Three months before he was elected president, Barack Obama vowed not only to reform health care but also to pass the legislation in an unprecedented way.
"I'm going to have all the negotiations around a big table," he said at an appearance in Chester, Va., repeating an assertion he made many times. He said the discussions would be "televised on C-SPAN, so that people can see who is making arguments on behalf of their constituents and who are making arguments on behalf of the drug companies or the insurance companies."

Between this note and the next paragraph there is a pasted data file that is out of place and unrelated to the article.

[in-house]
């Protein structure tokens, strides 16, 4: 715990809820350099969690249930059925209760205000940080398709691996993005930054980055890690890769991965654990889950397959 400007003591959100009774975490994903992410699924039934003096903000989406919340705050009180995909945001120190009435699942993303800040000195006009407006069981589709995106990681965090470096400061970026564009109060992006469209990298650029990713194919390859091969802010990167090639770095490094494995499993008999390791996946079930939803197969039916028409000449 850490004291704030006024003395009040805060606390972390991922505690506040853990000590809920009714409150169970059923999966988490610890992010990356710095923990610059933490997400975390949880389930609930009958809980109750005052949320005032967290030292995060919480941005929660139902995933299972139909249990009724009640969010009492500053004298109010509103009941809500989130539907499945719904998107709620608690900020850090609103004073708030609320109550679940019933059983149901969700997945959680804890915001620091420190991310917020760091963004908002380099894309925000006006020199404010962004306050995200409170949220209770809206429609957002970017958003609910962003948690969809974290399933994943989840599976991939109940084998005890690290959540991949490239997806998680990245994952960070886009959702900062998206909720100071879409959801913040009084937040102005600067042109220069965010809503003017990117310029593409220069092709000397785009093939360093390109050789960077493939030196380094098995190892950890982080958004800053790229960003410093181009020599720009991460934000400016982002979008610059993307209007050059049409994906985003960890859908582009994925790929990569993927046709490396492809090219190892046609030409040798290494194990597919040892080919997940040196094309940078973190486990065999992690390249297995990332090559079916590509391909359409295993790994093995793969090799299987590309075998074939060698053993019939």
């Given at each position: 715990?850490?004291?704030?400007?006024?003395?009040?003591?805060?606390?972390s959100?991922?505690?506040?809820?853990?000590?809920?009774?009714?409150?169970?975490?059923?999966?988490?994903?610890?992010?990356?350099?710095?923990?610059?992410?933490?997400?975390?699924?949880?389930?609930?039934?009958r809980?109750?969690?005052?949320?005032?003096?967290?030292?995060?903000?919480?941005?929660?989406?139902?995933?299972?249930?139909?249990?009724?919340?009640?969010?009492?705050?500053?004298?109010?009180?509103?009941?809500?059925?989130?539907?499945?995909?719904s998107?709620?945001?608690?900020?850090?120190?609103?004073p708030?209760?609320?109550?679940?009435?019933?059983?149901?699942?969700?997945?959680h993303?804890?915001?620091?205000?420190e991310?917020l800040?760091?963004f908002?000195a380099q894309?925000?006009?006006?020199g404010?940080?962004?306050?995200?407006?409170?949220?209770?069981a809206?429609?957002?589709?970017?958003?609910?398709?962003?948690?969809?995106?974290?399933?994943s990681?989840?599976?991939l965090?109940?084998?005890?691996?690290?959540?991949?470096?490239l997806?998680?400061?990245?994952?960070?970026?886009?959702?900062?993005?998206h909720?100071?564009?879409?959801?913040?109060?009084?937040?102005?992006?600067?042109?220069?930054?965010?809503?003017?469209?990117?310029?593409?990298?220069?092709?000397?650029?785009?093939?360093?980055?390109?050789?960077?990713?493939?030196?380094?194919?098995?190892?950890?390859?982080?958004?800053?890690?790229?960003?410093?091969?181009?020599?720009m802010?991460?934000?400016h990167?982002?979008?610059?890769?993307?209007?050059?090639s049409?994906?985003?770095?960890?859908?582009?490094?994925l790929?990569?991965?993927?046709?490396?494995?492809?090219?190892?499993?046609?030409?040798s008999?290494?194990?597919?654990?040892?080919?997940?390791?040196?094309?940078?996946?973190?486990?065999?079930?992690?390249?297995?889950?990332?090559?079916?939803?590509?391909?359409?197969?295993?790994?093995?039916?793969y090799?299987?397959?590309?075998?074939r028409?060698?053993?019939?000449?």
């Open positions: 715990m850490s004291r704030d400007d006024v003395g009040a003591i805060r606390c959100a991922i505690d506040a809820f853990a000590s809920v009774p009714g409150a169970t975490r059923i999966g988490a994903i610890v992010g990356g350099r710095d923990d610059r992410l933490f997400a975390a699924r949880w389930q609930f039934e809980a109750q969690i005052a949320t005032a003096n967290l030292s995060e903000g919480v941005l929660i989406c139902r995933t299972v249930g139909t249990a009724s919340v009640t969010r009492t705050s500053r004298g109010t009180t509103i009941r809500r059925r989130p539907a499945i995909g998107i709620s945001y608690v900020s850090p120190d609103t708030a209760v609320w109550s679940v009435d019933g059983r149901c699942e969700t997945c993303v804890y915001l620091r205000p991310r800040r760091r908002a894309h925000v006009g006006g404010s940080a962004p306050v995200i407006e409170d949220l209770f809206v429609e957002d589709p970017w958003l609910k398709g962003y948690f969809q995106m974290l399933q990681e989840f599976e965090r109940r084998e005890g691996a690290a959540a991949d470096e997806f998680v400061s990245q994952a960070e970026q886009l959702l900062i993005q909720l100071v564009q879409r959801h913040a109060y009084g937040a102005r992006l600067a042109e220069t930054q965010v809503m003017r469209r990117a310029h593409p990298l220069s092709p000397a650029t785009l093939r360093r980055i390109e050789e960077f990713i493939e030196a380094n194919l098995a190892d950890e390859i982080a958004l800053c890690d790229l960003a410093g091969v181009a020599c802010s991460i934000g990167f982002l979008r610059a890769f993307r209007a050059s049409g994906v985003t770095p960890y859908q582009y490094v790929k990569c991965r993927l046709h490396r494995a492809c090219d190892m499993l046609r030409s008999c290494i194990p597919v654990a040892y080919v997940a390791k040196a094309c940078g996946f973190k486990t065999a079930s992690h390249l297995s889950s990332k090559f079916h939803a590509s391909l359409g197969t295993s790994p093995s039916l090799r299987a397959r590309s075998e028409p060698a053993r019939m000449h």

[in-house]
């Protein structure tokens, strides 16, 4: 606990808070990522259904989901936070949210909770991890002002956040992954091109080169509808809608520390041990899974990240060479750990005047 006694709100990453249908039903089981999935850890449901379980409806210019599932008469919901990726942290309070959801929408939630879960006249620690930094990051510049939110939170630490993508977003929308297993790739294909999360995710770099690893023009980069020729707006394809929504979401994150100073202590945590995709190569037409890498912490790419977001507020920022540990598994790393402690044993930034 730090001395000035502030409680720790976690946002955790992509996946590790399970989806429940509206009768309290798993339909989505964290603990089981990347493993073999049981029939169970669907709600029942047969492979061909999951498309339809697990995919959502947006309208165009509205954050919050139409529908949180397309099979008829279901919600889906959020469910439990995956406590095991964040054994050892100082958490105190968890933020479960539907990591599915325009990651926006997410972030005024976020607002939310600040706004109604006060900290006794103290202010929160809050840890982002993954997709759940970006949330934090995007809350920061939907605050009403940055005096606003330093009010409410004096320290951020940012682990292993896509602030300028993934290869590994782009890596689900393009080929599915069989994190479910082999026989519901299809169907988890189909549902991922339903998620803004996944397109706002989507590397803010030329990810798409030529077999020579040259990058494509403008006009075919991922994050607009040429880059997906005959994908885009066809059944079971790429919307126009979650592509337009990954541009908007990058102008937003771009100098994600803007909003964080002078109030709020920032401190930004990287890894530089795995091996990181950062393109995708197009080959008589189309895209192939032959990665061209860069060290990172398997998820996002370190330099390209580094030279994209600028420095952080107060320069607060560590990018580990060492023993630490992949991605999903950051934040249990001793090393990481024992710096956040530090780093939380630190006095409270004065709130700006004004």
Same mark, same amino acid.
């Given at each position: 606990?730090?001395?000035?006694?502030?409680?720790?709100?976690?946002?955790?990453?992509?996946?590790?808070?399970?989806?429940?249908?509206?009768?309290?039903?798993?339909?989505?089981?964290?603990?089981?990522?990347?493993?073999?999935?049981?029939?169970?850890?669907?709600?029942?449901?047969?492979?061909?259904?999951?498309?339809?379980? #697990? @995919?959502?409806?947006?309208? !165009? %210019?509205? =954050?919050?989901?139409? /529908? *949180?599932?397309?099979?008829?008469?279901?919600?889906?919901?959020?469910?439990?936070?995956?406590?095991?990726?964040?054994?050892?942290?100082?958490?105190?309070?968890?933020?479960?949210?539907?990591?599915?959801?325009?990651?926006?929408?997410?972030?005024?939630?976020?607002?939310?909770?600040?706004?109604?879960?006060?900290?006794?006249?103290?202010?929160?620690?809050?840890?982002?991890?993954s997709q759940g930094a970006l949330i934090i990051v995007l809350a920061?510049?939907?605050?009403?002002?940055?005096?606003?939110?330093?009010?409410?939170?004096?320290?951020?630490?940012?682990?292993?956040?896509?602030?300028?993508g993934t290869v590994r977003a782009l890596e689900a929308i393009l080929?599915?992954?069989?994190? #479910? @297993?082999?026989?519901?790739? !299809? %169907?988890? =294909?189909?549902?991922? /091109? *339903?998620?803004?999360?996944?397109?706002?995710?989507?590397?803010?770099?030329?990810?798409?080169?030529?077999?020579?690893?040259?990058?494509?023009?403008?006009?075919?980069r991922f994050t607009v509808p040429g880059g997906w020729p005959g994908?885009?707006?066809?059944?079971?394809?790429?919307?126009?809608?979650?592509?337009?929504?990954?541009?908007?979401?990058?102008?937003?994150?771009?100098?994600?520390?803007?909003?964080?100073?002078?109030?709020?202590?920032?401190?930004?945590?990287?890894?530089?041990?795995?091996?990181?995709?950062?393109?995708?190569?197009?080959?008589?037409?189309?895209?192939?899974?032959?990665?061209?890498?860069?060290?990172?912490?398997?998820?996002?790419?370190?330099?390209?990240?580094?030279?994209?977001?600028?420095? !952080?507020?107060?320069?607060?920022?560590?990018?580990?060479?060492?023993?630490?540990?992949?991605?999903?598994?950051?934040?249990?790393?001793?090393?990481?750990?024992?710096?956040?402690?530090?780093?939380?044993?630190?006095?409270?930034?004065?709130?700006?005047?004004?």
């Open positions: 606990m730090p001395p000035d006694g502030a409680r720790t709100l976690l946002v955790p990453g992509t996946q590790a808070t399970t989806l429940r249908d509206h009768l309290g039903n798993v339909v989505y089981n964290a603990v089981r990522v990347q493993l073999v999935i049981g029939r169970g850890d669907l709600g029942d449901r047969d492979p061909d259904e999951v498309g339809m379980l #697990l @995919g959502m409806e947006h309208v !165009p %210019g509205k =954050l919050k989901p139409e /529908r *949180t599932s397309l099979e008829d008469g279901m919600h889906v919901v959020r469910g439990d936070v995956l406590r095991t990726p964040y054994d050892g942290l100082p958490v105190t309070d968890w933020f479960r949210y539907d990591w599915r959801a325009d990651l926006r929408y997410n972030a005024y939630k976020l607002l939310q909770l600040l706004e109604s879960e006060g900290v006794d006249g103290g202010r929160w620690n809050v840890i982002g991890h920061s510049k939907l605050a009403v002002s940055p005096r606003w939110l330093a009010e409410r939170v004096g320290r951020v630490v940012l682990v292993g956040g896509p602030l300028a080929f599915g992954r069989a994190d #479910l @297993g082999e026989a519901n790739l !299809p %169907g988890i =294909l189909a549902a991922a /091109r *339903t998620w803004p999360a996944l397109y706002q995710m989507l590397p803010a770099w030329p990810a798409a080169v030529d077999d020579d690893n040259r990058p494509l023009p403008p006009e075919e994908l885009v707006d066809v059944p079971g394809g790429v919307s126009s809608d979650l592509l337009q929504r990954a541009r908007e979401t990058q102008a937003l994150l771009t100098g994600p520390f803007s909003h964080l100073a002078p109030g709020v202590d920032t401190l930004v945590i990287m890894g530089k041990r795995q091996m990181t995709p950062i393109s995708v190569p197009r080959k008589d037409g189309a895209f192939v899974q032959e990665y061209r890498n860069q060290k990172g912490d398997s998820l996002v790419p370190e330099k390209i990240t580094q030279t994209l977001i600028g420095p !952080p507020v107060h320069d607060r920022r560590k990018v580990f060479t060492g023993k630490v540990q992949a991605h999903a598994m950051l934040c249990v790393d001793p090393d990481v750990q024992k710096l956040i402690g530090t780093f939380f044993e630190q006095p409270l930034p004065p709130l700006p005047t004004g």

But now, as a Senate vote on health-care legislation nears, those negotiations are occurring in a setting that is anything but revolutionary in Washington: Three senators are working on the bill behind closed doors.
Senate Majority Leader Harry M. Reid (D-Nev.) sits at the head of a wooden table at his office as he and Sens. Christopher J. Dodd (D-Conn.) and Max Baucus (D-Mont.) work to merge two competing versions of health-care legislation into one bill. The three men will be joined by top aides as well as by members of President Obama's health-care team, led by White House Chief of Staff Rahm Emanuel. The sessions started on Wednesday and could be completed this week.
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